The Importance of Chimney Inspections
This option is ideal if you plan on using your fireplace/wood-burning stove in the same way you have in the past and if, in the past year since your last chimney inspection, there have been no significant changes to the fuel type or the shape and/or material of the flue and that there has been no damage to the structure of the chimney.
Level 2 outlines a video scanning of all internal chimney surfaces.
This option is ideal if you’ve made any changes to your chimney system since the last inspection, such as the type of fuel or the flue’s shape or material; if there was a natural disaster that potentially damaged the chimney (such as a fire or earthquake); or if you’re planning on putting your home on the real estate market soon.
Level 3 includes both the Level 1 and Level 2 inspections, in addition to a partial chimney tear-down for the purpose of inspecting for more severe damage.
Chimney sweeps will perform this inspection if either the Level 1 or Level 2 inspection revealed serious safety hazards or the potential of hidden problems in the chimney.
Why You Need a Chimney Inspection Every Year
No matter which type of chimney inspection you schedule, chimney sweeps recommend having one done yearly for the reasons below.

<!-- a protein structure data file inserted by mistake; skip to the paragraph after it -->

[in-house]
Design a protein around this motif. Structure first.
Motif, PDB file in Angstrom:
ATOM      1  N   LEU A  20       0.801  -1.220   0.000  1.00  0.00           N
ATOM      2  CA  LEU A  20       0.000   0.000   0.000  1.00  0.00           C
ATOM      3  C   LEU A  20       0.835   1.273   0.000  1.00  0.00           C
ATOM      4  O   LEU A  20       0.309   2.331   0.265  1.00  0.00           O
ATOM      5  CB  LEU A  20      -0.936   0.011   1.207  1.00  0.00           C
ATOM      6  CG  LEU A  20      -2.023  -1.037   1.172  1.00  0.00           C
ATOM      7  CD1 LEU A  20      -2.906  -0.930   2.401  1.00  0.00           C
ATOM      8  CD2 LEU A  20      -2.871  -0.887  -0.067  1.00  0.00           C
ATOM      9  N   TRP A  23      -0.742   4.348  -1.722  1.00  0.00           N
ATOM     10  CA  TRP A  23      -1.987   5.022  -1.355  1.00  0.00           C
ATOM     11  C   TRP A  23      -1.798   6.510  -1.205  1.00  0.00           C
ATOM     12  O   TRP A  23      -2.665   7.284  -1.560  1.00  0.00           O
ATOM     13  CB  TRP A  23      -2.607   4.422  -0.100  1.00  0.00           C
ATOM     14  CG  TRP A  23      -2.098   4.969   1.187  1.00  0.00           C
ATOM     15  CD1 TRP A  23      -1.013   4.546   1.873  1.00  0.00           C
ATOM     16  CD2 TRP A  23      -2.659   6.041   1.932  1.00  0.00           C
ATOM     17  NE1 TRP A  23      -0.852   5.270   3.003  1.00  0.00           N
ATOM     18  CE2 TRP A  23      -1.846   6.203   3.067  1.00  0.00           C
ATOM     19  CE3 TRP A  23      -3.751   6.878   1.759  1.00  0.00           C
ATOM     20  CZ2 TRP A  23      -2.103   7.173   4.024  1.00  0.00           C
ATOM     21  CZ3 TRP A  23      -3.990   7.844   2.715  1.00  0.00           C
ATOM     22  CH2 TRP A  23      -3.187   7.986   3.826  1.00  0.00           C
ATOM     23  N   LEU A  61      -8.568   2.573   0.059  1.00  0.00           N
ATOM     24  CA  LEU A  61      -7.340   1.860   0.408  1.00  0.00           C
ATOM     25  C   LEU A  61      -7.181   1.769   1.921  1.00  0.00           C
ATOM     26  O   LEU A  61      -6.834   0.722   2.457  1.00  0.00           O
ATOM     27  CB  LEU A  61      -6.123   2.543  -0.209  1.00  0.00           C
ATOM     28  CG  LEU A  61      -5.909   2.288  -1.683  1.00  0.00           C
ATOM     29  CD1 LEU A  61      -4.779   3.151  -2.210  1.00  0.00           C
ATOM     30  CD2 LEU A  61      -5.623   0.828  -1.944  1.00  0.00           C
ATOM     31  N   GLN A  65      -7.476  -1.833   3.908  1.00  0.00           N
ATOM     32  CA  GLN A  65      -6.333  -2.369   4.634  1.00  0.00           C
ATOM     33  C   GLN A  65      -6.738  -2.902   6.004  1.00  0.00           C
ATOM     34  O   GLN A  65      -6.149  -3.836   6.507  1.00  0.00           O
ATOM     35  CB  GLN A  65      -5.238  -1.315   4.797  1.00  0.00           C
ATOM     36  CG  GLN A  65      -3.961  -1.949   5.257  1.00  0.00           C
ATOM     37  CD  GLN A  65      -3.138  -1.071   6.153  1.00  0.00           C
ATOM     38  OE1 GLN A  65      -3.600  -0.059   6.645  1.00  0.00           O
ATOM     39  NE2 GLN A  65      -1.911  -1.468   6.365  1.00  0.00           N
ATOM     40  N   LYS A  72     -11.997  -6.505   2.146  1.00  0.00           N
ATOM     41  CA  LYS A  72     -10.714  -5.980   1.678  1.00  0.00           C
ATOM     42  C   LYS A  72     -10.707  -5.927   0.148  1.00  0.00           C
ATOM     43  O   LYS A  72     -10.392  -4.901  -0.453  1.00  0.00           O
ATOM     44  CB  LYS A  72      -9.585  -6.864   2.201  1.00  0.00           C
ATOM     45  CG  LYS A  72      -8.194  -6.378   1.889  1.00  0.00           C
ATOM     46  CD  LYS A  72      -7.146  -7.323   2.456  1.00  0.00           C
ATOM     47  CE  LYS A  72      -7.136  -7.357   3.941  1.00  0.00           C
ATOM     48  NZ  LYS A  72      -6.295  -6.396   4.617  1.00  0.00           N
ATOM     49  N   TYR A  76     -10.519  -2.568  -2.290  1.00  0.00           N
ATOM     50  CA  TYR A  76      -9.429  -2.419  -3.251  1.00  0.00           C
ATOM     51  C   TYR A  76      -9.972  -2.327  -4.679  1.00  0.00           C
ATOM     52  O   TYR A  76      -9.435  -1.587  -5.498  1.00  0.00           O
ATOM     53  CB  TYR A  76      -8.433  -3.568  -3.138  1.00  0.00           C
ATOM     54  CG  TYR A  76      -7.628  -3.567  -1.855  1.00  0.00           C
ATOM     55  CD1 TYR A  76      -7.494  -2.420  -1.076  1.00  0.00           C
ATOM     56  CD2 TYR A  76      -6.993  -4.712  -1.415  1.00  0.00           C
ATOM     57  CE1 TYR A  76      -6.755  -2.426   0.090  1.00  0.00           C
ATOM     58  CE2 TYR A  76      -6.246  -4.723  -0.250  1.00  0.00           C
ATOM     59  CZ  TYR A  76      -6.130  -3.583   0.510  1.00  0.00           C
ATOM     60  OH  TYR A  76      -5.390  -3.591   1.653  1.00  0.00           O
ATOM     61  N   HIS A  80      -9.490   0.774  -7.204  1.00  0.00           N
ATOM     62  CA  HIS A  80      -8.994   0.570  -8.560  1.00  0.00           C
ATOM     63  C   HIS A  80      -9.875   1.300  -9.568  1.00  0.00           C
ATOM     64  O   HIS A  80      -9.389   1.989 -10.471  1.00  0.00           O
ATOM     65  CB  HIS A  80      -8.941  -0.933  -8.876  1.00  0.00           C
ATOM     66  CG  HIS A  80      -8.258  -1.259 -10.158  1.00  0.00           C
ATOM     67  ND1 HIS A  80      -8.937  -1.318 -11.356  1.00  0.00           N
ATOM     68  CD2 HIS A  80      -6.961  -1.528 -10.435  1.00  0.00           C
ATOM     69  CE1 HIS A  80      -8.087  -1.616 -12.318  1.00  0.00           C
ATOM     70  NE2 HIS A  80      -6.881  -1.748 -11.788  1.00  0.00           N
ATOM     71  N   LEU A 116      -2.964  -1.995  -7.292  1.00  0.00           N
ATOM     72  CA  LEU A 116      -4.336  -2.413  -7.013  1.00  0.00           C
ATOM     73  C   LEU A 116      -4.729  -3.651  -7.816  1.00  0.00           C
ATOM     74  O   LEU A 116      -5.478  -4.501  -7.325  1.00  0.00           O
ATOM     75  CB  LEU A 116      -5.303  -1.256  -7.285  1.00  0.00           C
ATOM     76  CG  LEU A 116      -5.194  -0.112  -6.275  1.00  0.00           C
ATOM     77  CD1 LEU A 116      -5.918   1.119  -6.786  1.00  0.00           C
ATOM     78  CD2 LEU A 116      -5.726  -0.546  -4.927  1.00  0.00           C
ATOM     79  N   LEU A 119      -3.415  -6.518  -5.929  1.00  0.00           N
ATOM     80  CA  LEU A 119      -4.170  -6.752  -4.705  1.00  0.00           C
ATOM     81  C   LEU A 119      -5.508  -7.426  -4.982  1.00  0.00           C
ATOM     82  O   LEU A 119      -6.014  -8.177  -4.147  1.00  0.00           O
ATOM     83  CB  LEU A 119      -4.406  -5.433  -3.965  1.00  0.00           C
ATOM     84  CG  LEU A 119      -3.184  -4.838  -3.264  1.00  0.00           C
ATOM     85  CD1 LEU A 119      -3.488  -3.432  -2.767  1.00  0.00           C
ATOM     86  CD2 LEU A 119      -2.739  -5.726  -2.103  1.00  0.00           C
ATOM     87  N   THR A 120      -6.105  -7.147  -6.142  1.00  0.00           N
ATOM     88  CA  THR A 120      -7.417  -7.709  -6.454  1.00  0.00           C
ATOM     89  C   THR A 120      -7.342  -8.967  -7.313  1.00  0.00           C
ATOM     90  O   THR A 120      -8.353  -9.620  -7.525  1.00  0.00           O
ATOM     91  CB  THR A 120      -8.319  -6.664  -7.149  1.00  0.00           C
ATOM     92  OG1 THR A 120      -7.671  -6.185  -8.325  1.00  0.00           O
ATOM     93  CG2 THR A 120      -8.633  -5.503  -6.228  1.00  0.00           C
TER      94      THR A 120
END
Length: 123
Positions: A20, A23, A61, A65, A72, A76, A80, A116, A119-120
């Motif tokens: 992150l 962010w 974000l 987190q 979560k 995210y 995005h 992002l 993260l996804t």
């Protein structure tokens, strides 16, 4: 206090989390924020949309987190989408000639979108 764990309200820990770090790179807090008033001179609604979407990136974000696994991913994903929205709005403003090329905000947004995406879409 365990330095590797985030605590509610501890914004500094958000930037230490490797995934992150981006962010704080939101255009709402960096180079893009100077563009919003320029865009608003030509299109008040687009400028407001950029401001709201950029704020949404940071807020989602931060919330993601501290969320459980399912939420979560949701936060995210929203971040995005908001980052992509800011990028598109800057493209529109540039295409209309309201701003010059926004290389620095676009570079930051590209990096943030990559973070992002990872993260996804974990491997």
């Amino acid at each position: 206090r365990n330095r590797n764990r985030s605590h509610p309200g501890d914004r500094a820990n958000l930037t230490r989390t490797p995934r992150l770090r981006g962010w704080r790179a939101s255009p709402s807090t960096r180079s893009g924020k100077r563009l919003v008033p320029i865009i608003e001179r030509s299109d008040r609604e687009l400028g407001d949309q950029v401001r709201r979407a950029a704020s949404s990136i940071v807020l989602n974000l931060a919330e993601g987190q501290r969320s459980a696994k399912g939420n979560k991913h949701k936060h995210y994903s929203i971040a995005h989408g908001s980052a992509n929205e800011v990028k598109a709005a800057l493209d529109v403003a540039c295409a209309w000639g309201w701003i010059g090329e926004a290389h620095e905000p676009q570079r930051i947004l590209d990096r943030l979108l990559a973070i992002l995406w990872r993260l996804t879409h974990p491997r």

Creosote buildup can cause fires.
As CSIA says, “Clean chimneys don’t catch fire.” This is one of the truest statements— a chimney clogged up with build-up is a catastrophe just waiting to happen. When you use your fireplace or wood-burning stove, by-products like vapor, smoke, and unburned wood move from the fireplace into the chimney, where they then condense to form a dark coating called creosote. Creosote is highly flammable, and if the temperature in the flue rises just high enough, and the layer of creosote in the chimney walls is thick enough, the creosote will potentially catch fire. This fire can destroy the chimney, masonry, and the foundational structure of the house, or even enter the home’s interior.
If you scratch your fingernail along your chimney walls and remove dark buildup, it’s likely time to get the chimney inspected. As part of a chimney inspection, a CSIA professional will identify whether there is enough creosote buildup that necessitates removal and— if needed— remove both soot and creosote to mitigate fire risk. The technician is also able to repair and/or replace the components that cause the increased creosote buildup, such as a damaged damper (a metal plate in the flue that regulates the draft), which can hinder full closure of the damper and thus prevent an appropriate amount of ventilation, leading to the creation of more creosote.